It is also found in Kashmir, Darjeeling and Sikkim. Eco­nomically, the Gondwana rocks are the most important in India containing about 98 per cent of her coal reserves. They have rich depisits of iron ore, copper, uranium and antimony.

Triassic System:

It means three-fold (280-285 mya) is almost unknown in the peninsula but are found over extensive areas from Hazara to Nepal. Impressive sections of the system are exposed on the South flank of the Great Himalaya range from Kashmir to Byans in Eastern Kumaon.

Jurassic System (180 mya):

It overlies the Truassic, covering wide areas in Tibet, South Ladakh, Spiti, Nepal and Bhutan where linestone occurs to a depth of 600-900. There is 190 km long and 64 km wide area in Kuchchh which is covered by rocks of the Jurassic System.

The Cretaecous System:

It is one of the best developed Marine System of India showing a variety of rocks, deposited in the land, sea estuaries and lakes. No other system is so widely distributed in India as the Creataceous system is, both in the Peninsular and the Extra-peninsular parts. It includes Sandstones, quartzites, limestone and shales.

The Deccan trap:

From the end of Cretaceous till the beginning of the Eocene, stupendous volcanic outburst overwhelmed a vast area of the Peninsular. These volcanic deposits have flat top and steep sides so that they appear as gigantic step. The process of denudation over a long period has reduced the Deccan Trap to almost half of its original size and the present Deccan Trap covers about 5 lakh sq. km. mainly in pasts of Kuchchh, Saurashtra, and Maharashtra, the Malwa plateau and Northern Karnataka.

Tertiary System:

The rocks of the Tertiary System were formed from Eocene to Foliocene about 60 to 7 million years ago. It is the most significant period in the India’s geological history because the Himalayas were born and India’s present form came into being in this period. It is also called the “Age of the Mammals”. It has three sub divisions:

(a) The Eocene System (60 mya):

It is mainly found in Jammu and Kashmir, Himachal Pradesh, Rajasthan, Gujarat and in the North-Eastern part of India. Eocene is represented by limestones and coat-bearing Sand stones in Jaintia series in the southern and eastern parts of the Meghalaya plateau.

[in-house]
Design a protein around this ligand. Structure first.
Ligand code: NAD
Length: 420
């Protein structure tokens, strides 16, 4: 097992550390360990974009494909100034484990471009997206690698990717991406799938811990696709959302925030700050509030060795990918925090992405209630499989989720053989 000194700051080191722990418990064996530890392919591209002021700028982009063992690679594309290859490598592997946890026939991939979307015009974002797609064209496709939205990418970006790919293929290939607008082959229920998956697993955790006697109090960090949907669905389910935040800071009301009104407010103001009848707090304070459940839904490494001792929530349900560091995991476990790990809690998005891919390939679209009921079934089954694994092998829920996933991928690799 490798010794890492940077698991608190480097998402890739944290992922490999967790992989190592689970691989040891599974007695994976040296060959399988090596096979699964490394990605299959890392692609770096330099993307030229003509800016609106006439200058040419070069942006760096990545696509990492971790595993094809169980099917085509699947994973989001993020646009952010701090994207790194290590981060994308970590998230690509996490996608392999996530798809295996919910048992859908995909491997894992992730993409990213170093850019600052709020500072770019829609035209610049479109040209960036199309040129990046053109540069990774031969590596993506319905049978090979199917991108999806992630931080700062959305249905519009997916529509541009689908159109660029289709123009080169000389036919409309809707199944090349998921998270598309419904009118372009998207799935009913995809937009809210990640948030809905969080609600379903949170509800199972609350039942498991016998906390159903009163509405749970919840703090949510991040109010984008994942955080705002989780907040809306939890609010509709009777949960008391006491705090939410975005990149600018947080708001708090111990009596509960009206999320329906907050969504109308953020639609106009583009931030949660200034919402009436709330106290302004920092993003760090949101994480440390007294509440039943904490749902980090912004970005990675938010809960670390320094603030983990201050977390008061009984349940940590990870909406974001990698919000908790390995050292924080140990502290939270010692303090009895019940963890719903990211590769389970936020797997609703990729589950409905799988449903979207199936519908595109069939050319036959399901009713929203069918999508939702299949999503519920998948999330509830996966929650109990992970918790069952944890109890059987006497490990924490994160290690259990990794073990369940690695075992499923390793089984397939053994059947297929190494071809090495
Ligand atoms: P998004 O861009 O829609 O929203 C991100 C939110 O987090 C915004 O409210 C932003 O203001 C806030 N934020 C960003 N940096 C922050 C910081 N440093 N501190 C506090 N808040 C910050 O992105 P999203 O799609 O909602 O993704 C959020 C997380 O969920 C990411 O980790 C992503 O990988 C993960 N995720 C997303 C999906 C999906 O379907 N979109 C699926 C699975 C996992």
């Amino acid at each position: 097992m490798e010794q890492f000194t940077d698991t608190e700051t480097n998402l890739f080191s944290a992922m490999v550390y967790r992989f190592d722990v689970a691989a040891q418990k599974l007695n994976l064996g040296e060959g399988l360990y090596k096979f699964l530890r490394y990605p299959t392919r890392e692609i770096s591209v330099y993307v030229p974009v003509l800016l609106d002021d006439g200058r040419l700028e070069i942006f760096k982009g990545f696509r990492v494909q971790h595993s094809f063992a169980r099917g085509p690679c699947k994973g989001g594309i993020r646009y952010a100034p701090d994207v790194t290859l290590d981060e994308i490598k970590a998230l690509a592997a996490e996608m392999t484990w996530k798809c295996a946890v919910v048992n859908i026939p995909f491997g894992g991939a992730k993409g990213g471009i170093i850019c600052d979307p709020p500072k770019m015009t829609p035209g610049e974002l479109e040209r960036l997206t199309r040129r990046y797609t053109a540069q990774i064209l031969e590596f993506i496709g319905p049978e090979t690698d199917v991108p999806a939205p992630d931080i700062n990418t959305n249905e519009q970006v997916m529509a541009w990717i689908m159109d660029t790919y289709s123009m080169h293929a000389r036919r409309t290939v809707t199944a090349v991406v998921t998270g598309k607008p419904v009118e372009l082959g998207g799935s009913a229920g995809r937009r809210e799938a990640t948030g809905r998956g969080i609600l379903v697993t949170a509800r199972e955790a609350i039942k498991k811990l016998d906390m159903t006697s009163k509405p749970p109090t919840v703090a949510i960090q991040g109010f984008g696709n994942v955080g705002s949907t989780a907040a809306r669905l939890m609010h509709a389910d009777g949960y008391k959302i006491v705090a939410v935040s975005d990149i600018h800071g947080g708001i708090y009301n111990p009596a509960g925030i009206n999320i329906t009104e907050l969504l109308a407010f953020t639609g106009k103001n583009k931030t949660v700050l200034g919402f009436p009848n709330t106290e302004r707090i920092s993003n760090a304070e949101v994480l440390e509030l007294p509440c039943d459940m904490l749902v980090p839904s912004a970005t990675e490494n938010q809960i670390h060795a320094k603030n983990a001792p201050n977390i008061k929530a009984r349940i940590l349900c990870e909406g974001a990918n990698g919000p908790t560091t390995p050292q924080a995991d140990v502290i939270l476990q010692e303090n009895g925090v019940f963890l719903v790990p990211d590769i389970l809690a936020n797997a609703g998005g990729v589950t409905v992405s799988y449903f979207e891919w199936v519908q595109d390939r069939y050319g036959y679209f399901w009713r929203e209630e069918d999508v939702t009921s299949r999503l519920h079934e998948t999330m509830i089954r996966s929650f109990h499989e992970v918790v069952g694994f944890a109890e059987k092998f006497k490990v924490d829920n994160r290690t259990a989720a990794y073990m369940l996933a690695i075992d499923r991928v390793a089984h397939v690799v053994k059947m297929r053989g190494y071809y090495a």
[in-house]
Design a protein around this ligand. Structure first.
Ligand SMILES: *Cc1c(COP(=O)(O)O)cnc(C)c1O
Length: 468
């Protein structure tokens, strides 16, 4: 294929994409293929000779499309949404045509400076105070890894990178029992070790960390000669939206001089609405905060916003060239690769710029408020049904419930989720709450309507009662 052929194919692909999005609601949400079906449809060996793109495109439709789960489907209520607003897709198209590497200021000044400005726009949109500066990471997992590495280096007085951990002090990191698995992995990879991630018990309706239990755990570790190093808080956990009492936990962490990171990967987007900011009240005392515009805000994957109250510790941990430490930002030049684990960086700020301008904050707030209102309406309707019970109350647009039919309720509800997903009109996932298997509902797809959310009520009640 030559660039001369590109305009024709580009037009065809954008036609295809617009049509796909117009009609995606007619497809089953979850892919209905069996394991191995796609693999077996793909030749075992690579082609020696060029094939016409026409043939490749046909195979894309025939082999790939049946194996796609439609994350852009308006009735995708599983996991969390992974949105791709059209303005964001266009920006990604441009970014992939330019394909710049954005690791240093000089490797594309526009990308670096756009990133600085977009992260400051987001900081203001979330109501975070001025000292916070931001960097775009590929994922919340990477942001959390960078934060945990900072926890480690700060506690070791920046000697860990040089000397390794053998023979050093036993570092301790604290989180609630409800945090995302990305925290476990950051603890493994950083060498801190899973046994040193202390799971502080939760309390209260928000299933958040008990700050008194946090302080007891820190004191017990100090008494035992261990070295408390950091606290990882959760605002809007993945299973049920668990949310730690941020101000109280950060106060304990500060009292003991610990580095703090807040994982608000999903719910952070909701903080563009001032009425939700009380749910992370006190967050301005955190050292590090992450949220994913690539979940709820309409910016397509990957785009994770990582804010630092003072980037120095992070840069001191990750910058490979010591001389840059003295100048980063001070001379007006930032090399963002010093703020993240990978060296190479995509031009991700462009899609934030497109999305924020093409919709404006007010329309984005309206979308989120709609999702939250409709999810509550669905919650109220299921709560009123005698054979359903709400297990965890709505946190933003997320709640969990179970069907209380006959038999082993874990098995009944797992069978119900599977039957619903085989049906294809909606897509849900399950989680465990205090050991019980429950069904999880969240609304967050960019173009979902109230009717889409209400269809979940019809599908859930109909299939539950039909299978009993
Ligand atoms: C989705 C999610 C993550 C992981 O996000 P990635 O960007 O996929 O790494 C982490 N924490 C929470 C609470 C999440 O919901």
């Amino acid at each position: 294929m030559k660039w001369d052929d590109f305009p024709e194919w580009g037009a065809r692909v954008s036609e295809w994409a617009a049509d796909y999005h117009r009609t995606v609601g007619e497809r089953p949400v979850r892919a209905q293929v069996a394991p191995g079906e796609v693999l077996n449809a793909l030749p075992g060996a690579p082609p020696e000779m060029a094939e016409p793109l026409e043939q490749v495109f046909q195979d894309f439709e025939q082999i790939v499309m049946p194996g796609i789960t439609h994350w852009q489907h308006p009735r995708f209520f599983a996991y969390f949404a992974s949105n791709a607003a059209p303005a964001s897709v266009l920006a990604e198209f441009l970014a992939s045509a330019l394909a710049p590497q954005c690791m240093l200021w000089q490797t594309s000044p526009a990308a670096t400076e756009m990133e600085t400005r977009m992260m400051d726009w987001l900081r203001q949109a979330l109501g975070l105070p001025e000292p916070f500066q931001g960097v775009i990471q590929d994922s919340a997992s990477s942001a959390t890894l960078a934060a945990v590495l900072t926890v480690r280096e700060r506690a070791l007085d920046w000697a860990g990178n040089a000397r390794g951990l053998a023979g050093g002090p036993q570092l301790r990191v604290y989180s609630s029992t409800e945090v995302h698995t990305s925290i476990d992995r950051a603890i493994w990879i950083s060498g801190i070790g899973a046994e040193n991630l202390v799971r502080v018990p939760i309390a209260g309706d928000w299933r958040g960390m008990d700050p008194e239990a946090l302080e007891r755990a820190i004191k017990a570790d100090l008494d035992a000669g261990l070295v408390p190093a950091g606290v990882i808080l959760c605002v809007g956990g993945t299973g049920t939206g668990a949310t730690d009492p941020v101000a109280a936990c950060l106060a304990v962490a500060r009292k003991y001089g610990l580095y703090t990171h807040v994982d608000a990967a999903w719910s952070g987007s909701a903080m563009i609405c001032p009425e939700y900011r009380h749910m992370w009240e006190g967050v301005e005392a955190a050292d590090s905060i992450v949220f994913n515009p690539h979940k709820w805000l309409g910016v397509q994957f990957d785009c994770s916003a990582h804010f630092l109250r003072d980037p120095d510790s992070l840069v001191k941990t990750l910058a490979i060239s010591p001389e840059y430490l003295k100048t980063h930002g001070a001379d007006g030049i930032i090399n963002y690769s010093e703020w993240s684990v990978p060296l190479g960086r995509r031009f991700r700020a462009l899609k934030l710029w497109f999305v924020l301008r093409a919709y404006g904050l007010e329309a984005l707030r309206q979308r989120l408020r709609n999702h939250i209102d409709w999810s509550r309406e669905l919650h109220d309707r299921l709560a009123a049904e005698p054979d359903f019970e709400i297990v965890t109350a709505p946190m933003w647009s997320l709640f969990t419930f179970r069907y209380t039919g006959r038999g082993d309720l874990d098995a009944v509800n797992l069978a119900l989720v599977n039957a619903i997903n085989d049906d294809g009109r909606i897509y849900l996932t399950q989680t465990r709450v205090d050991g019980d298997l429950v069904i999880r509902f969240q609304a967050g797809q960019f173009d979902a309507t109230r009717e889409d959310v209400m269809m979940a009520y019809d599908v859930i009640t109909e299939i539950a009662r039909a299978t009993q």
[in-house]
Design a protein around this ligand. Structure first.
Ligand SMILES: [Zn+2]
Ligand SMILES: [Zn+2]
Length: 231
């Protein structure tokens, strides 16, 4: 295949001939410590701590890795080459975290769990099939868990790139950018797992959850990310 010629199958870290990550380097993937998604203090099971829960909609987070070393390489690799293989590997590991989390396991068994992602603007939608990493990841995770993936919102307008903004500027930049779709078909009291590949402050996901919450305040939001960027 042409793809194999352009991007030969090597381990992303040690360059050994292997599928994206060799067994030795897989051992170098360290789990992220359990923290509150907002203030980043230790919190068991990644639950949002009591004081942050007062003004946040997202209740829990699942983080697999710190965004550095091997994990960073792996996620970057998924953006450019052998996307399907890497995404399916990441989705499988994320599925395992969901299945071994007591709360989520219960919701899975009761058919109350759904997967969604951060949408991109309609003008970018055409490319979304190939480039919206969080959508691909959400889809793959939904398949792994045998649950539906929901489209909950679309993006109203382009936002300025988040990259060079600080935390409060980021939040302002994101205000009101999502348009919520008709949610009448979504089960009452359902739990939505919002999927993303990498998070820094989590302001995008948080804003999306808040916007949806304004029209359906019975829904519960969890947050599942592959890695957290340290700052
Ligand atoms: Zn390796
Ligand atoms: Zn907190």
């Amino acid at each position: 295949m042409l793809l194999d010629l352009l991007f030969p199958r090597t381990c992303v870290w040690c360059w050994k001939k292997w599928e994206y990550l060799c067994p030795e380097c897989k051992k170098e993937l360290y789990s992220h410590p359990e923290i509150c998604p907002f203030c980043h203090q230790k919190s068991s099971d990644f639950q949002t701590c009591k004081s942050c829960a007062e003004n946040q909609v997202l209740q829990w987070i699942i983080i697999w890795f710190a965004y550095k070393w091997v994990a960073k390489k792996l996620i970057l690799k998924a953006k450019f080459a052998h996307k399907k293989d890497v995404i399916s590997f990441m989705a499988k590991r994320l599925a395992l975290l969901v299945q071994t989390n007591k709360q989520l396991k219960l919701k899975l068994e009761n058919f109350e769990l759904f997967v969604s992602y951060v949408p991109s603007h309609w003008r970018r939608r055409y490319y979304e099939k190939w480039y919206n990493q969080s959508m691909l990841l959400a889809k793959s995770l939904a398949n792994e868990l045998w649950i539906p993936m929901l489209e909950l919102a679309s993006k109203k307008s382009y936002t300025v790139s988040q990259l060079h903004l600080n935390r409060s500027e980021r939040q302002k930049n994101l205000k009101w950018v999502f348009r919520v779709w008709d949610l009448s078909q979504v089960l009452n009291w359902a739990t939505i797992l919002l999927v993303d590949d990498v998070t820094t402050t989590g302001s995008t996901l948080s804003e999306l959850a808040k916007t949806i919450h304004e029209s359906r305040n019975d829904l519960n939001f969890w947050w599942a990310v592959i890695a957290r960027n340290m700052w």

(b) Oligocene and Lower Miocene System:

It is very poorly developed in India. It is estimated that during a part of this period of the Tertiary outcrops suffered considerable denudation which resulted in the removal of rocks belonging to this system. Rocks of the Oligocene age are found in the greater part of the Barail series of Assam where they are overlain with a masked unconformity by lower Miocene rocks.

(c) The Shiwalik System (14 to 0.2 mya):

(Middle-Miocene to lower Pleistocene) It takes its name from Shiwalik hills between rivers Ganga and Yamuna, where they were first known to science. It is found all along the length of Shiwalik Hills. Sandstones, grits, conglomerates, clays and silts comprise the rocks of this system.

It is also found in Assam, Kuchchh and Saurashtra area of the Gujarat. The great bulk of the Shiwalik formation is non-fossiliferous, but in certain areas some formations are highly fossiliferous. The variety of fossils shows wide range of environment-from humid to aridity.

(d) The Pleistocene and Recent Quaternary:

It is a brief period of nearly one million years and is said to have just begun. It has two divisions and younger division is called Recent. It started about 12,000 years ago, since the withdrawal of of the last glaciation. Pleistocene age is divided into four glacial and three interglacial periods.

The first glacial and Inter glacial periods belong to the lower pleistocene. The second belongs to middle pleistocene. The Karewas of Kashmir are from this glacial period. (The flat topped terraces of the Kashmir Valley, and on the flanks of the Pir Panjal consisting of clay, sands, and silts together are called Karewas in Kashmiri language) The upper pleistocene include the third and fourth glaciation and the intervening third inter glacial period.

The fossiferous clays, sands and gravels of the upper Satluj and the alluvial deposits in the valleys of Tapi, Godavari and Krishna are also of the Pleistocene Age. The older alluvian called bhangar is of the middle or Upper Pleistocene Age. The newer alluvium called Khadar belongs to the Upper Pleistocene Age.

Geological History of India: